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Cautious Optimism over English Pig Numbers

by 5m Editor
6 March 2009, at 9:41am

ENGLAND, UK - Recently released December 2008 pig survey results suggest there may be grounds for some cautious optimism about the fortunes of the English pig industry, with an expansion in the breeding herd between June and December 2008.

Increasing feed costs in the year to June 2008 had led to escalating losses in the sector. One result of this was the historically high sow culling rate, partly as a result of Foot and Mouth Disease (FMD), in the first four months of 2008. Consequently, English sow numbers declined by eight per cent in the year to June 2008.

Between the middle of 2008 and the end of the year, feed prices moved lower. As a result, estimated net margins moved from negative to positive (albeit a small positive) in the autumn. Producers have appeared to respond to the margin improvements more rapidly than expected.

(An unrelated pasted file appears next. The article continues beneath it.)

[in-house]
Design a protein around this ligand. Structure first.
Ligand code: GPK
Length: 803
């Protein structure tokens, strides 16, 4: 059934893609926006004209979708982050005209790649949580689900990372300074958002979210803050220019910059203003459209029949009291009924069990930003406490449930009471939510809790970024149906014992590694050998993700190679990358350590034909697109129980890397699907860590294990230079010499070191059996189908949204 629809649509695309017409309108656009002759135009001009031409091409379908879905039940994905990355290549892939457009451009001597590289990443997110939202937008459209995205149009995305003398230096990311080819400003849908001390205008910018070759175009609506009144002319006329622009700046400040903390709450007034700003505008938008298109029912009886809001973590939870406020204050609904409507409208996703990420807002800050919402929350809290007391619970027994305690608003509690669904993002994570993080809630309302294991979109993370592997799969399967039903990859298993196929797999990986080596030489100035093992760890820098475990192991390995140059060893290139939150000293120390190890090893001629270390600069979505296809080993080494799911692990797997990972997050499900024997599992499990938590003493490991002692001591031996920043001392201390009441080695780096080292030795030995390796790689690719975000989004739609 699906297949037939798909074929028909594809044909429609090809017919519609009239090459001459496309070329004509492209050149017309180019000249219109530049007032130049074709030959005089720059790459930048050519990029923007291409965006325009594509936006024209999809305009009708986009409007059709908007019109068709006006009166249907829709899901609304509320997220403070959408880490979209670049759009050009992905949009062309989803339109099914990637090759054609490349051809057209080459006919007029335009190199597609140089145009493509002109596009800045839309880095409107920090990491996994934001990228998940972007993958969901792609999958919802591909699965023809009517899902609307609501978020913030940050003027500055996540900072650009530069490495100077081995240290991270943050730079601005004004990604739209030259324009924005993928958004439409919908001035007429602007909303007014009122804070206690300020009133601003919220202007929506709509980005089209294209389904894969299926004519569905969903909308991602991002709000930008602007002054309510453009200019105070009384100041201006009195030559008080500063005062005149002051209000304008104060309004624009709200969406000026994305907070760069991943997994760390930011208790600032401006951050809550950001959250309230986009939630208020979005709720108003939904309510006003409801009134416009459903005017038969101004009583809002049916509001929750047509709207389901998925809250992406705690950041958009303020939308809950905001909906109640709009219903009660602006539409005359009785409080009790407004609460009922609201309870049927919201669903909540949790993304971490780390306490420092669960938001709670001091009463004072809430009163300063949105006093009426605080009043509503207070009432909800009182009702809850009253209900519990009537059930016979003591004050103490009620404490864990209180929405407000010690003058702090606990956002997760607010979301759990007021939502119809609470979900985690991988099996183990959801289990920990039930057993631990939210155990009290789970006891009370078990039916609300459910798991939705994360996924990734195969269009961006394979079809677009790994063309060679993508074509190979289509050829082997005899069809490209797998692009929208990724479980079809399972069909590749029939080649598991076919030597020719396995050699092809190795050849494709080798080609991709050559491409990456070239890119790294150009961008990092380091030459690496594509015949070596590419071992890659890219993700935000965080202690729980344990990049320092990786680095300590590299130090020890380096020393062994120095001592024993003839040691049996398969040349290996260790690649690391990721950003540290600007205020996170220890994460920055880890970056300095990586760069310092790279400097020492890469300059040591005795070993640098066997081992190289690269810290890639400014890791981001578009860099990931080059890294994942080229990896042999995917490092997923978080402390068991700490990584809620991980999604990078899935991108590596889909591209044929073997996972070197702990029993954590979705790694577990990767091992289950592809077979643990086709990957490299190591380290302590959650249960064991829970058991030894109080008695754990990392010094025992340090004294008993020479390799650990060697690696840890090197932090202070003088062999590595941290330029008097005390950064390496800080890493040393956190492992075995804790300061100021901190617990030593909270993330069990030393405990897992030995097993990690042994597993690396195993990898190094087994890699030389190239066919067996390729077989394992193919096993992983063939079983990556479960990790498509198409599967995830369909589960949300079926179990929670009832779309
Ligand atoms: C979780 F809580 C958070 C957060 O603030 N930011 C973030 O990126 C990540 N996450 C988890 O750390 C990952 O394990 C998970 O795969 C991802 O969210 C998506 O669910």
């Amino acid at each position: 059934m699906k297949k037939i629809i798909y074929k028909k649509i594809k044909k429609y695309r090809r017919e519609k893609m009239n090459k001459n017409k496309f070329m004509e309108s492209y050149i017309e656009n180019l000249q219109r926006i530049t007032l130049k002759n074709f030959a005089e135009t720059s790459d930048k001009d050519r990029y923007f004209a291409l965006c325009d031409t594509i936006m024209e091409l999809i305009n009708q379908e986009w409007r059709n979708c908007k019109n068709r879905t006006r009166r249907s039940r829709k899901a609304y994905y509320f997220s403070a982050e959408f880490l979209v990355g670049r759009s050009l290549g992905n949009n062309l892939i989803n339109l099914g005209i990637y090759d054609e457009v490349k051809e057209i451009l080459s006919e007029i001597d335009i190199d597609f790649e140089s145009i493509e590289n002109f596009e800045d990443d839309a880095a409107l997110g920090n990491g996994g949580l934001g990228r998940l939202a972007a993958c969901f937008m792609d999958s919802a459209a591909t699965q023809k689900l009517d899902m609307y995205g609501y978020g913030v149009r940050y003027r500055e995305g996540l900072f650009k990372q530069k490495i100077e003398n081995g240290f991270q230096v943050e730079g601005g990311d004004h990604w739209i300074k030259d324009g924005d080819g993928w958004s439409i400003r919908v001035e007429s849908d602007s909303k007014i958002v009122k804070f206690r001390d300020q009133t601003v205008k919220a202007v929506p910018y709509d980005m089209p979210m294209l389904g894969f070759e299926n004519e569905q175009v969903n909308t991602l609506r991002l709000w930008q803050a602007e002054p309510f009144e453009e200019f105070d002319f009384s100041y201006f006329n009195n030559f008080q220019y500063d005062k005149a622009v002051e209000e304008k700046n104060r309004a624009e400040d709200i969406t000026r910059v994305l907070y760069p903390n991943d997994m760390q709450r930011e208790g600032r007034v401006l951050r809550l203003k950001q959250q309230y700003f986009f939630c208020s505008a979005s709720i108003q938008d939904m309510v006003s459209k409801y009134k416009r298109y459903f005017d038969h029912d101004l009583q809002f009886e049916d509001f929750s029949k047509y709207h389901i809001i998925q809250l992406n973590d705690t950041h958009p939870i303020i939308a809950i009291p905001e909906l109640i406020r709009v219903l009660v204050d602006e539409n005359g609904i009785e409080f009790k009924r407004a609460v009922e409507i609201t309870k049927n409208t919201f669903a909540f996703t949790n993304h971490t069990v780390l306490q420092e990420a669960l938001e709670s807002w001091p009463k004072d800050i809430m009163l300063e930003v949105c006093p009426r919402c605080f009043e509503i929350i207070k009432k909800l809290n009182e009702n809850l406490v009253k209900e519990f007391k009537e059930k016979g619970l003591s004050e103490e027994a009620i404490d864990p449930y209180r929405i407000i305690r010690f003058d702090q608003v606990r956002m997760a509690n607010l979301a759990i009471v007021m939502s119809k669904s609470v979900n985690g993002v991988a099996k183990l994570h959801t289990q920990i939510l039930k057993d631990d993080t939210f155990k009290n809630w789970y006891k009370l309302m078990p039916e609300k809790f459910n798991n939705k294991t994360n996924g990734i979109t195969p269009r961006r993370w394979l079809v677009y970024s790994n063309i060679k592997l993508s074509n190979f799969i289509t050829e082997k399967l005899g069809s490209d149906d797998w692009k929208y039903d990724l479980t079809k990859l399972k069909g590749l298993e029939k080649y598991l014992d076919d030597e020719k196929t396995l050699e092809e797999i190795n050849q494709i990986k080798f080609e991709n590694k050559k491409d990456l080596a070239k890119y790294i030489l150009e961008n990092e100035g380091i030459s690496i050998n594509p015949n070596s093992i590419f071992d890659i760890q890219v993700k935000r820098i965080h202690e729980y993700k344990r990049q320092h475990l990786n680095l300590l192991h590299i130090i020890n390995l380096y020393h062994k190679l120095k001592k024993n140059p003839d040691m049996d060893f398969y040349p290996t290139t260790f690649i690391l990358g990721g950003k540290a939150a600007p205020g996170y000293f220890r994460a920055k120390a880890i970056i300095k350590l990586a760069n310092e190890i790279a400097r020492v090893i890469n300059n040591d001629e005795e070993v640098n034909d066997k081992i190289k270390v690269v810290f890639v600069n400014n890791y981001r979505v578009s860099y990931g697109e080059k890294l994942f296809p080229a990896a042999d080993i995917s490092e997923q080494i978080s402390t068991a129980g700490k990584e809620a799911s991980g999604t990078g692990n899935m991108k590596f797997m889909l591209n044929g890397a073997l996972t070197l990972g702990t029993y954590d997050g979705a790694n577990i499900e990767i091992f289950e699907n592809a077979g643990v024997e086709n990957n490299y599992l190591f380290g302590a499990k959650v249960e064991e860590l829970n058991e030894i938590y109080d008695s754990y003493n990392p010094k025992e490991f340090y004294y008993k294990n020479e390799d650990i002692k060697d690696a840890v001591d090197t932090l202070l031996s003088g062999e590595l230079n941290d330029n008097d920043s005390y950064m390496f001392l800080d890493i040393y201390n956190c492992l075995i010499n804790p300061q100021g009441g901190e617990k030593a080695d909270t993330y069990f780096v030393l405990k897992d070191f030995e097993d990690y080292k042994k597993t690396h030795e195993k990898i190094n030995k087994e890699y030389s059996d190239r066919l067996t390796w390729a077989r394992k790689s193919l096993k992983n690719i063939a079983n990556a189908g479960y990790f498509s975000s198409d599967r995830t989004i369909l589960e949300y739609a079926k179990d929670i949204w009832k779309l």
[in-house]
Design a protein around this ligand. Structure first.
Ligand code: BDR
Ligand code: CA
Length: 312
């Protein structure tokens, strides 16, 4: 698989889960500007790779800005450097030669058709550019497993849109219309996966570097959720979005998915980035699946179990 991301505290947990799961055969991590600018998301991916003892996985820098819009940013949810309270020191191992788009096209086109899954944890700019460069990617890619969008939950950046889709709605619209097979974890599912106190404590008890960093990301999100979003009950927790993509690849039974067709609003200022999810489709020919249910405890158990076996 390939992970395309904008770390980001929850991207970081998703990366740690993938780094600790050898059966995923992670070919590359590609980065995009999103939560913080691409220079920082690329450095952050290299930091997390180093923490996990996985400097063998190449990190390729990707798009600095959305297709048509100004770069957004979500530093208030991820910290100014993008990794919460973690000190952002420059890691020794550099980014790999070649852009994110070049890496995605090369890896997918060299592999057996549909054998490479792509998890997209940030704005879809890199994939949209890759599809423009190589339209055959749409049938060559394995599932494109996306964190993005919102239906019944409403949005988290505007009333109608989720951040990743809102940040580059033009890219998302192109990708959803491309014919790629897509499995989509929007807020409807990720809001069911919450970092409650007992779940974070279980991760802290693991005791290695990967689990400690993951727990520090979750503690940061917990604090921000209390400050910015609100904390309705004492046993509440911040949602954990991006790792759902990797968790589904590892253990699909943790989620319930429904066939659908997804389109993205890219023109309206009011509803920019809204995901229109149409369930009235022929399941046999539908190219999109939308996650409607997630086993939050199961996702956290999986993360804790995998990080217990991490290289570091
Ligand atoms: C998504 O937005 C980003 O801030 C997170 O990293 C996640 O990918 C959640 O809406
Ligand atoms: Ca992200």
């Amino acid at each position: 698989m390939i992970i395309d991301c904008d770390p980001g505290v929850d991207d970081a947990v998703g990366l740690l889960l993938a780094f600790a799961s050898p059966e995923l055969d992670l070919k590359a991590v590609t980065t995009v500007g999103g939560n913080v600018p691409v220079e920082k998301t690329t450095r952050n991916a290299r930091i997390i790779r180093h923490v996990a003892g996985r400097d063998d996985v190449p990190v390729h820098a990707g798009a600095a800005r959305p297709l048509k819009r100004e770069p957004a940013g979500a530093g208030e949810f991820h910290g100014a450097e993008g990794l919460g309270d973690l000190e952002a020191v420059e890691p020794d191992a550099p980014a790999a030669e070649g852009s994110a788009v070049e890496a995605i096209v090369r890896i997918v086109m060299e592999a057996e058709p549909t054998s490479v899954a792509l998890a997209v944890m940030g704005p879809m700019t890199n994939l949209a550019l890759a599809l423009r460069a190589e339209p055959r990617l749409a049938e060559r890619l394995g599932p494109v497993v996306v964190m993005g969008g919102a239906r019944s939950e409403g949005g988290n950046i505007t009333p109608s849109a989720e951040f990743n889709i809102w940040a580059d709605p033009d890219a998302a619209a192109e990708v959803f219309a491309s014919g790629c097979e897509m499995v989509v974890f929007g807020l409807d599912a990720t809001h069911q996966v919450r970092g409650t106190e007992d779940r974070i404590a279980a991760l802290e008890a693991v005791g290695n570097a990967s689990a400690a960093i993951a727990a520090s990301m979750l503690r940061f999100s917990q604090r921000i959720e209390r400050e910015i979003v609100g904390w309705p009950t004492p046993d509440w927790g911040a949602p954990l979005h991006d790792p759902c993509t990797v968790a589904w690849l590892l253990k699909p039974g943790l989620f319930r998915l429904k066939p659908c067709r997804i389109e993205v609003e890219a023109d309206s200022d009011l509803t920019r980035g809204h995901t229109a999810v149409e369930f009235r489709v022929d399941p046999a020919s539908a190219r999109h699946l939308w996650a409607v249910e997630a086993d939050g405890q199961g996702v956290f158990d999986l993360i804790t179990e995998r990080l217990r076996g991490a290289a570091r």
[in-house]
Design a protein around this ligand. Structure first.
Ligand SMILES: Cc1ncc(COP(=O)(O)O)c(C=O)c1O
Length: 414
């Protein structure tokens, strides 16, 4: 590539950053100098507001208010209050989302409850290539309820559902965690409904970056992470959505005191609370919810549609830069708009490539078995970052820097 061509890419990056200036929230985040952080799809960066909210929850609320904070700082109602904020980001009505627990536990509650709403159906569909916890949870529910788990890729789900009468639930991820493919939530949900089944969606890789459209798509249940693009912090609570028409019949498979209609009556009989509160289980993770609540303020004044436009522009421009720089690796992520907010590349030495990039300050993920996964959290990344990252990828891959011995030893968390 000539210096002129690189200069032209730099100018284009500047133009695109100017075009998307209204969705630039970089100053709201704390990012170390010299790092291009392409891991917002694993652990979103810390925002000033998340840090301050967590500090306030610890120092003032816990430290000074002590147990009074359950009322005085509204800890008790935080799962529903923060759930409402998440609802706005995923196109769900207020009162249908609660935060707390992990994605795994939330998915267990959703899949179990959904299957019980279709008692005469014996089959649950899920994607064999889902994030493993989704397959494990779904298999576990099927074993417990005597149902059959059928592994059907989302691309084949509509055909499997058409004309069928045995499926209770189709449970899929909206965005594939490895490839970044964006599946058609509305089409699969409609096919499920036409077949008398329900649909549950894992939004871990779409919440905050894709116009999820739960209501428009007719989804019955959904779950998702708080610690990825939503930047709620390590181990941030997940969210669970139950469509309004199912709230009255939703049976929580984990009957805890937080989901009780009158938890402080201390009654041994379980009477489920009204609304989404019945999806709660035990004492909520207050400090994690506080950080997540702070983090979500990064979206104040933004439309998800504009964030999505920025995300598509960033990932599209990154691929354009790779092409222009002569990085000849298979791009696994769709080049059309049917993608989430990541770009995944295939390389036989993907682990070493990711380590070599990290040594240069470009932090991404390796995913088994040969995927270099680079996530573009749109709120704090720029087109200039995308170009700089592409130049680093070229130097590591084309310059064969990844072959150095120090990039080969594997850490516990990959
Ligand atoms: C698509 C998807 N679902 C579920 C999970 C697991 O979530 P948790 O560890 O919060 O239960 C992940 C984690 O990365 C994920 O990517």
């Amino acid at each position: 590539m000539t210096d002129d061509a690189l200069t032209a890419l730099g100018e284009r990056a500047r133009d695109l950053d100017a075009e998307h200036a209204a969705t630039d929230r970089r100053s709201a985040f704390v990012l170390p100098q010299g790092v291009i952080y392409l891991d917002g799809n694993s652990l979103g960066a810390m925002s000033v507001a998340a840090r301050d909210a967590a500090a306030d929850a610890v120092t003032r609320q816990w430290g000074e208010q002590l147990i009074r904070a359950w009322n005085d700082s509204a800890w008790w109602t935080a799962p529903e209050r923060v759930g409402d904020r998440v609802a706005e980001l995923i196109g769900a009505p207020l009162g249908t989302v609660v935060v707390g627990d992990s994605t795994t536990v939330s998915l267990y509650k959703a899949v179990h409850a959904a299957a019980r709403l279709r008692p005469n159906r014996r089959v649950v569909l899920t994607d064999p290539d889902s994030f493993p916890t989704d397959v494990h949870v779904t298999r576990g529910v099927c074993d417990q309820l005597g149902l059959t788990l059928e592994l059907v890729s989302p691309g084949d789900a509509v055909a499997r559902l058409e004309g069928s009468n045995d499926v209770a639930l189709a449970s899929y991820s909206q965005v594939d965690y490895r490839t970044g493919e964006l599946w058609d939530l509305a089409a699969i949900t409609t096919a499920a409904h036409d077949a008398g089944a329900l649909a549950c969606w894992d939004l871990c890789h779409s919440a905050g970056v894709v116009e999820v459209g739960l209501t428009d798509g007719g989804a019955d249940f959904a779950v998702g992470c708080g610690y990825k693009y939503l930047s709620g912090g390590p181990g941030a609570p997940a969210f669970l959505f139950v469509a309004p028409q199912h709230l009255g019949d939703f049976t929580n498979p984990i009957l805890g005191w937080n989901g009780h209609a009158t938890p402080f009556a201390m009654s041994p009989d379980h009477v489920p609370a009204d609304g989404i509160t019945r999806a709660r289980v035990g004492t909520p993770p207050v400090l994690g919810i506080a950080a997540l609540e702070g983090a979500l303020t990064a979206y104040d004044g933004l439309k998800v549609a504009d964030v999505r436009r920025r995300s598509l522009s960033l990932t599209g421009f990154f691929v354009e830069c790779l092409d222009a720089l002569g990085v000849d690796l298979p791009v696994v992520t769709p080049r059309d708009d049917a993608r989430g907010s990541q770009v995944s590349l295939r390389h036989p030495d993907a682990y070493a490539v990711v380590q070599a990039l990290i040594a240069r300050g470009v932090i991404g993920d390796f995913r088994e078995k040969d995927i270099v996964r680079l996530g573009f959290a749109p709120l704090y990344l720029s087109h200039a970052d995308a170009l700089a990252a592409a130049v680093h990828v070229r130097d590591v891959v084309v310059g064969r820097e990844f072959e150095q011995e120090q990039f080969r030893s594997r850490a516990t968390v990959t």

The English breeding herd in December was 8,000 head higher then in June, although still 6,000 (1.6 per cent) lower than in December 2007. Since January 2009, feed prices have risen, as have producers' prices, with consequent negative effects on profitability.

The total number of slaughter pigs in December – at 3.28 million – was two per cent lower than a year earlier. This reflects both the previous declines in the breeding herd and an element of backlog on farms in December 2007 arising from FMD movement restrictions. However, partly offsetting these factors, there was a further improvement in sow productivity in 2008.

Within the slaughter categories, the most marked decline was in the lightest category (up to 20 kg liveweight), which fell by eight per cent.

In June 2008, English producers accounted for 86 per cent of UK breeding sows and 82 per cent of slaughter pigs, so the England results will clearly have a significant influence on the overall UK results. The UK results will be published by Defra on 12 March.


Trends in the breeding herd in England, based on June and December census figures ('000 head)

Further Reading

- You can view the December 2008 census figures from DEFRA by clicking here.